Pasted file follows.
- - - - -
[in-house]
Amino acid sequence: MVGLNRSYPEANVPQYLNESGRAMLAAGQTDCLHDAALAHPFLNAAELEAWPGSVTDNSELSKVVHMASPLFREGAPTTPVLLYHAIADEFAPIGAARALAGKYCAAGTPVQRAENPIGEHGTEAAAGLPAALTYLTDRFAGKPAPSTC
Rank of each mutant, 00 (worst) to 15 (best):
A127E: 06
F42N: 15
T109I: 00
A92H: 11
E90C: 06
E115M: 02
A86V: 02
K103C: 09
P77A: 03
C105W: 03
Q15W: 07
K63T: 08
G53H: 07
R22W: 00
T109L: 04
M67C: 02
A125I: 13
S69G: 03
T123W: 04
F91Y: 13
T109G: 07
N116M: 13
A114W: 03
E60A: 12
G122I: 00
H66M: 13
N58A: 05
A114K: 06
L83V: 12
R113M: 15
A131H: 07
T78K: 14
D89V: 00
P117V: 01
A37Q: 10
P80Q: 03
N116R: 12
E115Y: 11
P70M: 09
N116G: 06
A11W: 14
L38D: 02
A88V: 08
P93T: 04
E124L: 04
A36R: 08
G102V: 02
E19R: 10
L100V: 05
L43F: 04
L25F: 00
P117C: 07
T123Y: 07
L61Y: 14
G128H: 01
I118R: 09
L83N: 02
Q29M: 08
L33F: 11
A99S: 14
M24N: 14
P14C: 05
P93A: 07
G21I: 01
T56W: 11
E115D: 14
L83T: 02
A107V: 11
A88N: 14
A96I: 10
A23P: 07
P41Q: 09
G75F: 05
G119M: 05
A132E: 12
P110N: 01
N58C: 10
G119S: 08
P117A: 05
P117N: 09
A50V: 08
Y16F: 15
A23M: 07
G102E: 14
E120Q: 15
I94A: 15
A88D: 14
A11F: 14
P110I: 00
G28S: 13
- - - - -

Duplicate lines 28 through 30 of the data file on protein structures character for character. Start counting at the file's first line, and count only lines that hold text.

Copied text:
G122I: 00
H66M: 13
N58A: 05